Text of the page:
Effects of herbivory on the reproductive effort of 4 prairie perennials
1 Department of Biological Sciences Binghamton University Binghamton, NY 13902, USA
2 School of Biological Sciences University of Nebraska 348 Manter Hall Lincoln, NE 68502, USA
BMC Ecology 2002, 2:2 doi:10.1186/1472-6785-2-2Published: 12 February 2002
Herbivory can affect every aspect of a plant's life. Damaged individuals may show decreased survivorship and reproductive output. Additionally, specific plant species (legumes) and tissues (flowers) are often selectively targeted by herbivores, like deer. These types of herbivory influence a plant's growth and abundance. The objective of this study was to identify the effects of leaf and meristem removal (simulated herbivory within an exclosure) on fruit and flower production in four species (Rhus glabra, Rosa arkansana, Lathyrus venosus, and Phlox pilosa) which are known targets of deer herbivory.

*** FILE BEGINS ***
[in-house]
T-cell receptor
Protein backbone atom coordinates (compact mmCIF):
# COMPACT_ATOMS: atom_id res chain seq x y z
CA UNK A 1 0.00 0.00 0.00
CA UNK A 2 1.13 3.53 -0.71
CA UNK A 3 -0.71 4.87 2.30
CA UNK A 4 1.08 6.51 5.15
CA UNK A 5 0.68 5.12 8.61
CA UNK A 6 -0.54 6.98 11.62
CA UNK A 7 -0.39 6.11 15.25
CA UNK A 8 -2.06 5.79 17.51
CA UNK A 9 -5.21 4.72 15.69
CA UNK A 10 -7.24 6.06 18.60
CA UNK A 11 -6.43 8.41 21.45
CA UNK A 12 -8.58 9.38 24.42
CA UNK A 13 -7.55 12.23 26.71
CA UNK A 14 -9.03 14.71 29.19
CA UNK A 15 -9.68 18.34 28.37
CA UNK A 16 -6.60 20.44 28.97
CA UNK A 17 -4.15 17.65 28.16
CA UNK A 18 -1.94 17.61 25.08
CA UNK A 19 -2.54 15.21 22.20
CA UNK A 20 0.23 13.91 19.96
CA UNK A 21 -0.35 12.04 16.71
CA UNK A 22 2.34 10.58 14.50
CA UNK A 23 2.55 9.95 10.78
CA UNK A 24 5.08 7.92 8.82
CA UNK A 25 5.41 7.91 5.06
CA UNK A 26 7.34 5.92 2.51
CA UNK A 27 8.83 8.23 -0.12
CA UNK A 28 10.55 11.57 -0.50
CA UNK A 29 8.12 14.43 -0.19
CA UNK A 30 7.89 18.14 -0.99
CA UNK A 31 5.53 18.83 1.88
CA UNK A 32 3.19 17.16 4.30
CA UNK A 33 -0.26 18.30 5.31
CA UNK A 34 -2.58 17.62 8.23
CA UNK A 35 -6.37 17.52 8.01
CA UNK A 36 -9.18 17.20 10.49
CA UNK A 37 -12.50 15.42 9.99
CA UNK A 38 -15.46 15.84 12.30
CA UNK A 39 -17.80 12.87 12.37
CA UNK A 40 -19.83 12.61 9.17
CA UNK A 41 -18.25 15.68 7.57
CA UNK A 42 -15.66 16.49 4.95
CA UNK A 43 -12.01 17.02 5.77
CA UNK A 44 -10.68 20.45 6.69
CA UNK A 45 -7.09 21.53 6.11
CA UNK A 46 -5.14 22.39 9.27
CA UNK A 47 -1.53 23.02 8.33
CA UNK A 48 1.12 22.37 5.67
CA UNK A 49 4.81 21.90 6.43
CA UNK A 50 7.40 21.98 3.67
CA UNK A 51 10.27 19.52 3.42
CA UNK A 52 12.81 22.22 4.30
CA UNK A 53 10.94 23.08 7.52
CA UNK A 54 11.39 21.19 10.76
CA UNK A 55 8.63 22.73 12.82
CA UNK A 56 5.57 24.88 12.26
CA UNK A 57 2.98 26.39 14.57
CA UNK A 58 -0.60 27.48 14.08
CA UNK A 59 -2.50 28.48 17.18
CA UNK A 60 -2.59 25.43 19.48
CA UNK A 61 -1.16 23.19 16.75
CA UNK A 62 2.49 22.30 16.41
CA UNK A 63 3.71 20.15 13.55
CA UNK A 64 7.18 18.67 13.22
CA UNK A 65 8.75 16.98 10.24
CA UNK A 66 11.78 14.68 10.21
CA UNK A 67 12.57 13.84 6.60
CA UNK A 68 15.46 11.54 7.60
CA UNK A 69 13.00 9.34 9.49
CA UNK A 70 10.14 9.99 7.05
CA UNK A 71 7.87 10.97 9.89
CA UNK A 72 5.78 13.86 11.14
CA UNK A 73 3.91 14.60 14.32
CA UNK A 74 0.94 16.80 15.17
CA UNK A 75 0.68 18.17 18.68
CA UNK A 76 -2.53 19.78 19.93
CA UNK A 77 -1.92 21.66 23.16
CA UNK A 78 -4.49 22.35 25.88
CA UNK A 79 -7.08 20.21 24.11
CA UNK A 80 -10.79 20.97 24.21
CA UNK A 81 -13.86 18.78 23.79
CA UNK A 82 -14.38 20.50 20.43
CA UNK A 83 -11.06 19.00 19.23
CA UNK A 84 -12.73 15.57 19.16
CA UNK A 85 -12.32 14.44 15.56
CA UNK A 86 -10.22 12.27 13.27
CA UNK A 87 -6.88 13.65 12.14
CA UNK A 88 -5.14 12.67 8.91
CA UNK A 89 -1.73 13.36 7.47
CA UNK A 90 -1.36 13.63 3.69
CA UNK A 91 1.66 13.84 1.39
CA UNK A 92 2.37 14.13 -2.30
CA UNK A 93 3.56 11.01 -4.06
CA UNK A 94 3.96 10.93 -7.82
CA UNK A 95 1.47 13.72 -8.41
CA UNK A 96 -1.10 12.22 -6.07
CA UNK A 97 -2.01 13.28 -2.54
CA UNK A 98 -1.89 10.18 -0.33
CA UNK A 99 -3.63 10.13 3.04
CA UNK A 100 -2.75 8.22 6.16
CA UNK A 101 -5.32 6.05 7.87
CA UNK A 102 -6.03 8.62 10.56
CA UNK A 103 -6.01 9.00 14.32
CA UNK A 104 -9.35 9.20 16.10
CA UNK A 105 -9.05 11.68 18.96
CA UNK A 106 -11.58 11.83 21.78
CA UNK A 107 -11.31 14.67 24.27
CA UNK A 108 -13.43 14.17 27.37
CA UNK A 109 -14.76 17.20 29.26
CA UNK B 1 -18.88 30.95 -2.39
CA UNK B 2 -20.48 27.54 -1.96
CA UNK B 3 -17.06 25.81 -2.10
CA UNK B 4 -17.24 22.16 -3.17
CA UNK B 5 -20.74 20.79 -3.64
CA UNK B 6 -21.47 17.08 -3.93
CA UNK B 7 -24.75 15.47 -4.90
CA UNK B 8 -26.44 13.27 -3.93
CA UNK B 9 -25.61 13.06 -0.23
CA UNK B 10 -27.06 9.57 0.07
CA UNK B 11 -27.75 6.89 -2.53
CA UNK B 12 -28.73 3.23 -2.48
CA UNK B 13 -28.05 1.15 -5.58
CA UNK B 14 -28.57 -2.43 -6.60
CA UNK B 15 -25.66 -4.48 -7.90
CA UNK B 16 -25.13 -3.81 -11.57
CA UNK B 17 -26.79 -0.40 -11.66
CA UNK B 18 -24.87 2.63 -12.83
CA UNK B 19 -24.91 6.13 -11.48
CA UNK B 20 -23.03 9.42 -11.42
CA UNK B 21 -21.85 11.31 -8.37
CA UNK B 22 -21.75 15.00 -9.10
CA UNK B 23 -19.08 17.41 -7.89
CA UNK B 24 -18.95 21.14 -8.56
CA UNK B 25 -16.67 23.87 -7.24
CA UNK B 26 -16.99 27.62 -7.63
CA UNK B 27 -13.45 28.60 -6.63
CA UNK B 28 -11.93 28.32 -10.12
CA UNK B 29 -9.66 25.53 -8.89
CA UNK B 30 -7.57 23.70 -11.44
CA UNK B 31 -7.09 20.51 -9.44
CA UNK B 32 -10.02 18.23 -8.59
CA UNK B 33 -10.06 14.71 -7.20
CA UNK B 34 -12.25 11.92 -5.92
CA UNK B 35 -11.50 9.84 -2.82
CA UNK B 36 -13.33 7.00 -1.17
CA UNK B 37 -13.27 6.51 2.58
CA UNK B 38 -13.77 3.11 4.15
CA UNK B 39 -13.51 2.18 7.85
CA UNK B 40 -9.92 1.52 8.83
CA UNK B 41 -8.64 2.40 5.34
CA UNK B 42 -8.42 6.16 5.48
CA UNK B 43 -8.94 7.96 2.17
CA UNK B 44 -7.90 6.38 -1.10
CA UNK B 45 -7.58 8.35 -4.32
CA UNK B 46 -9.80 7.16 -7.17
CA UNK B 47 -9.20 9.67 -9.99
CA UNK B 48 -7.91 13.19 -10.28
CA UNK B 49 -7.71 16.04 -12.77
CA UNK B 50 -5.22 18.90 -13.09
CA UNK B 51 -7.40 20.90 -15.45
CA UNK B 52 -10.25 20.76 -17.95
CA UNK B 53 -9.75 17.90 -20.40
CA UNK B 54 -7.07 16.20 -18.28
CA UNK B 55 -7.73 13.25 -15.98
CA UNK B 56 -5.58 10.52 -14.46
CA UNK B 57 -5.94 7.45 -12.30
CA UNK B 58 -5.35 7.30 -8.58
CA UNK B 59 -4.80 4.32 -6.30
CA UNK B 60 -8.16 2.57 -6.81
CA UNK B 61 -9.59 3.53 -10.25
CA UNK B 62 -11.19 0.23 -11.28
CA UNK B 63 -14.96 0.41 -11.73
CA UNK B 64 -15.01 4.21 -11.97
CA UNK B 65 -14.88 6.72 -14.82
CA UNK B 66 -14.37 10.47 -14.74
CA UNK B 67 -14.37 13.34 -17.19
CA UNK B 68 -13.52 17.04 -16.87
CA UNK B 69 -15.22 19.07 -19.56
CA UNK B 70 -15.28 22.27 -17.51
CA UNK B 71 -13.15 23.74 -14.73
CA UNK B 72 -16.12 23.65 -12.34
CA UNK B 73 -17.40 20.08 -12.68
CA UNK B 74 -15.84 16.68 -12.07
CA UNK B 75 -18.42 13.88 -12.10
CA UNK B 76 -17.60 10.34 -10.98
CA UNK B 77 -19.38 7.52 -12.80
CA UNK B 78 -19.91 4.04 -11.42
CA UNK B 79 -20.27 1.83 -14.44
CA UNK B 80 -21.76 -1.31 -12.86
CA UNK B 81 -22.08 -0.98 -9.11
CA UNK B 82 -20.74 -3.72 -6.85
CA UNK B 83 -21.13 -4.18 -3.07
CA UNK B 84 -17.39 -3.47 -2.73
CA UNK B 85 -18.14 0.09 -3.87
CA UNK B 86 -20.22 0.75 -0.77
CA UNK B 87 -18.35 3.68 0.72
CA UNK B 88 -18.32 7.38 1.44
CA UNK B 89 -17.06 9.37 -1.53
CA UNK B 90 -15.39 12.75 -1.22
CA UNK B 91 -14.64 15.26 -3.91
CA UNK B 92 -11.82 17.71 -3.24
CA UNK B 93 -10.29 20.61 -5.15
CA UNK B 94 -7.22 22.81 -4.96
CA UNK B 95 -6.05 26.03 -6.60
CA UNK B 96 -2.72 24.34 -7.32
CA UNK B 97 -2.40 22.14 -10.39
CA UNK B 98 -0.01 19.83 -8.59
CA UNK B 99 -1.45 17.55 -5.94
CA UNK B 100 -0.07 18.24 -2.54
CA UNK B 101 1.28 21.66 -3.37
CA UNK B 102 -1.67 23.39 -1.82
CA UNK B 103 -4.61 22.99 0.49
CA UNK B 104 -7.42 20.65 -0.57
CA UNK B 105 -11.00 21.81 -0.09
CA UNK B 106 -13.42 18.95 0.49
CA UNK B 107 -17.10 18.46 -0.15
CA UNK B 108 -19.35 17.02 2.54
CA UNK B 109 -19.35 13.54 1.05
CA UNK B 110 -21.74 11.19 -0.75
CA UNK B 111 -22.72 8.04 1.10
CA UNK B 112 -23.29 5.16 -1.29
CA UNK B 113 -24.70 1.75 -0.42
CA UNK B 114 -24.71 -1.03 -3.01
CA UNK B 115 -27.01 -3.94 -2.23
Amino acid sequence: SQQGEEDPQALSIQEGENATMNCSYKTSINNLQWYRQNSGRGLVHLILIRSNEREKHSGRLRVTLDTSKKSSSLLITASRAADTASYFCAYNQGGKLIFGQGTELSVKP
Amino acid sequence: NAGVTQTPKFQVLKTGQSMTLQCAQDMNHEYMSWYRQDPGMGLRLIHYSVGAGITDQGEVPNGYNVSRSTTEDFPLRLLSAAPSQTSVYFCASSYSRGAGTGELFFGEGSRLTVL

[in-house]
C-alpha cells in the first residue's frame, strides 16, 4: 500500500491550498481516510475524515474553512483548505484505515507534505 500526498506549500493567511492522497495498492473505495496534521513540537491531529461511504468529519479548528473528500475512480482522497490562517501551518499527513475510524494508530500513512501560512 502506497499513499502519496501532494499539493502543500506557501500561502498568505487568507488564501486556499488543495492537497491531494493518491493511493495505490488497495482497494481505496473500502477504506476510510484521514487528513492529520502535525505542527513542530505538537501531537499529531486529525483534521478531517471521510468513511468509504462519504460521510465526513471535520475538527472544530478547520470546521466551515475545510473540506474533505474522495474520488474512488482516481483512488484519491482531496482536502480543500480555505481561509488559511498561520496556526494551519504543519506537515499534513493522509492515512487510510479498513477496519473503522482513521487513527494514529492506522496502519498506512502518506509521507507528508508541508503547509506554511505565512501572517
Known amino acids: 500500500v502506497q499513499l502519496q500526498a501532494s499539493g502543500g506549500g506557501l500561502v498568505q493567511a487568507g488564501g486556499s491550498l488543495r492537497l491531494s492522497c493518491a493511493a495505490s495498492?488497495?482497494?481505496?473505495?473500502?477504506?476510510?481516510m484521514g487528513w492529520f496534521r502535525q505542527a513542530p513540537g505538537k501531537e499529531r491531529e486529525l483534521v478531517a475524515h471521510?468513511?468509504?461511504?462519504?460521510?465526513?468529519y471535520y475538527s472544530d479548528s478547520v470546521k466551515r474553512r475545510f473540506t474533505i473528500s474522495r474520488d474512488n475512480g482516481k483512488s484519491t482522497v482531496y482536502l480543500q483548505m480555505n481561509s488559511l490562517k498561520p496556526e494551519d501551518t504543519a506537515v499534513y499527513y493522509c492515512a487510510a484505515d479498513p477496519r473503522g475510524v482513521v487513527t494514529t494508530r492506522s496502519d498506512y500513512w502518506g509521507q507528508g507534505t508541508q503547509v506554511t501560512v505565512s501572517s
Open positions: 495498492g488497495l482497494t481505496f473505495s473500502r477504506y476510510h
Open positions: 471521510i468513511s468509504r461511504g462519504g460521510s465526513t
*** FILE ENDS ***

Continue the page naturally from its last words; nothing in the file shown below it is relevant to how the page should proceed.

Lathyrus never flowered or went to seed, so we were unable to detect any treatment effects. Leaf removal did not affect flower number in the other three species. However, Phlox, Rosa, and Rhus all showed significant negative correlations between seed mass and leaf removal. Meristem removal had a more negative effect than leaf removal on flower number in Phlox and on both flower number and seed mass in Rosa.
Meristem removal caused a greater response than defoliation alone in both Phlox and Rosa, which suggests that meristem loss has a greater effect on reproduction. The combination of leaf and meristem removal as well as recruitment limitation by deer, which selectively browse for these species, is likely to be one factor contributing to their low abundance in prairies.